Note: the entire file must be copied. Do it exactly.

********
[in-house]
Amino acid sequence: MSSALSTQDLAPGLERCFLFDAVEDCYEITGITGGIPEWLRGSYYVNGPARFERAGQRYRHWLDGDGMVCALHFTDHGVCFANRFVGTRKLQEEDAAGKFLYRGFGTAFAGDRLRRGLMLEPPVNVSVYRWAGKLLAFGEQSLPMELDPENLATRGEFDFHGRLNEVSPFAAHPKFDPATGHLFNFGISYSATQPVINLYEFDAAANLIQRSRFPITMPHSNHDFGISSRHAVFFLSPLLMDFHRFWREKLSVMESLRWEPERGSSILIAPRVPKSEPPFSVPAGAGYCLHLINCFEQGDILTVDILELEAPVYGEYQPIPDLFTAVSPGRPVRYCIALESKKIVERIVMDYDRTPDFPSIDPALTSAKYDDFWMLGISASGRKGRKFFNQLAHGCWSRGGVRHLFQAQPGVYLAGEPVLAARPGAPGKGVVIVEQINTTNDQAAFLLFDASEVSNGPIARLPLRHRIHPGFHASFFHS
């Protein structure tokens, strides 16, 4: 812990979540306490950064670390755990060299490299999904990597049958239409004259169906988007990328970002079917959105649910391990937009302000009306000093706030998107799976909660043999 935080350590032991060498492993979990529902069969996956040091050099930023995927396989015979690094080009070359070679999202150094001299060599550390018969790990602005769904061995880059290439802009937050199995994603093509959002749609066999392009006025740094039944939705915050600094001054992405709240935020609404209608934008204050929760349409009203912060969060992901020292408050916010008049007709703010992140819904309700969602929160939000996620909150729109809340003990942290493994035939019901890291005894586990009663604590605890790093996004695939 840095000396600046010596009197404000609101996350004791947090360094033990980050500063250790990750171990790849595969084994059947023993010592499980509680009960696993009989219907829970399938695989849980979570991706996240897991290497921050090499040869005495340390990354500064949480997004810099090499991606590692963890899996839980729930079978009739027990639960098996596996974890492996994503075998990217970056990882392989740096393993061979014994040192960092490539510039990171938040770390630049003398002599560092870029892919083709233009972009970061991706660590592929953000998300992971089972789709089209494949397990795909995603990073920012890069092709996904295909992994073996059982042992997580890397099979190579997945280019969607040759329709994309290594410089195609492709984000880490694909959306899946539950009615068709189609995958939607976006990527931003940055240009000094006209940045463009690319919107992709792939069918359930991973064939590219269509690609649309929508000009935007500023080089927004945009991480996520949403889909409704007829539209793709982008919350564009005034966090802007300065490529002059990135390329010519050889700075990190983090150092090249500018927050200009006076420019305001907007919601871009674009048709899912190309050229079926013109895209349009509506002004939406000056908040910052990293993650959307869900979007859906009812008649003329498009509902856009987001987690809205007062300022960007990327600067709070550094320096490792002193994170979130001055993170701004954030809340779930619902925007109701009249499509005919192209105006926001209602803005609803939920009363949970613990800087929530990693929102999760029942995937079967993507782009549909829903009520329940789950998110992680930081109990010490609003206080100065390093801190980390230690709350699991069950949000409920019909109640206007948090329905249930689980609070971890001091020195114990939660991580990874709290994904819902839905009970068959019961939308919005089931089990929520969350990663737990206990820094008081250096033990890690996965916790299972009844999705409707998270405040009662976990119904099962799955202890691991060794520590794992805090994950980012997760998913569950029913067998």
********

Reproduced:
[in-house]
Amino acid sequence: MSSALSTQDLAPGLERCFLFDAVEDCYEITGITGGIPEWLRGSYYVNGPARFERAGQRYRHWLDGDGMVCALHFTDHGVCFANRFVGTRKLQEEDAAGKFLYRGFGTAFAGDRLRRGLMLEPPVNVSVYRWAGKLLAFGEQSLPMELDPENLATRGEFDFHGRLNEVSPFAAHPKFDPATGHLFNFGISYSATQPVINLYEFDAAANLIQRSRFPITMPHSNHDFGISSRHAVFFLSPLLMDFHRFWREKLSVMESLRWEPERGSSILIAPRVPKSEPPFSVPAGAGYCLHLINCFEQGDILTVDILELEAPVYGEYQPIPDLFTAVSPGRPVRYCIALESKKIVERIVMDYDRTPDFPSIDPALTSAKYDDFWMLGISASGRKGRKFFNQLAHGCWSRGGVRHLFQAQPGVYLAGEPVLAARPGAPGKGVVIVEQINTTNDQAAFLLFDASEVSNGPIARLPLRHRIHPGFHASFFHS
């Protein structure tokens, strides 16, 4: 812990979540306490950064670390755990060299490299999904990597049958239409004259169906988007990328970002079917959105649910391990937009302000009306000093706030998107799976909660043999 935080350590032991060498492993979990529902069969996956040091050099930023995927396989015979690094080009070359070679999202150094001299060599550390018969790990602005769904061995880059290439802009937050199995994603093509959002749609066999392009006025740094039944939705915050600094001054992405709240935020609404209608934008204050929760349409009203912060969060992901020292408050916010008049007709703010992140819904309700969602929160939000996620909150729109809340003990942290493994035939019901890291005894586990009663604590605890790093996004695939 840095000396600046010596009197404000609101996350004791947090360094033990980050500063250790990750171990790849595969084994059947023993010592499980509680009960696993009989219907829970399938695989849980979570991706996240897991290497921050090499040869005495340390990354500064949480997004810099090499991606590692963890899996839980729930079978009739027990639960098996596996974890492996994503075998990217970056990882392989740096393993061979014994040192960092490539510039990171938040770390630049003398002599560092870029892919083709233009972009970061991706660590592929953000998300992971089972789709089209494949397990795909995603990073920012890069092709996904295909992994073996059982042992997580890397099979190579997945280019969607040759329709994309290594410089195609492709984000880490694909959306899946539950009615068709189609995958939607976006990527931003940055240009000094006209940045463009690319919107992709792939069918359930991973064939590219269509690609649309929508000009935007500023080089927004945009991480996520949403889909409704007829539209793709982008919350564009005034966090802007300065490529002059990135390329010519050889700075990190983090150092090249500018927050200009006076420019305001907007919601871009674009048709899912190309050229079926013109895209349009509506002004939406000056908040910052990293993650959307869900979007859906009812008649003329498009509902856009987001987690809205007062300022960007990327600067709070550094320096490792002193994170979130001055993170701004954030809340779930619902925007109701009249499509005919192209105006926001209602803005609803939920009363949970613990800087929530990693929102999760029942995937079967993507782009549909829903009520329940789950998110992680930081109990010490609003206080100065390093801190980390230690709350699991069950949000409920019909109640206007948090329905249930689980609070971890001091020195114990939660991580990874709290994904819902839905009970068959019961939308919005089931089990929520969350990663737990206990820094008081250096033990890690996965916790299972009844999705409707998270405040009662976990119904099962799955202890691991060794520590794992805090994950980012997760998913569950029913067998």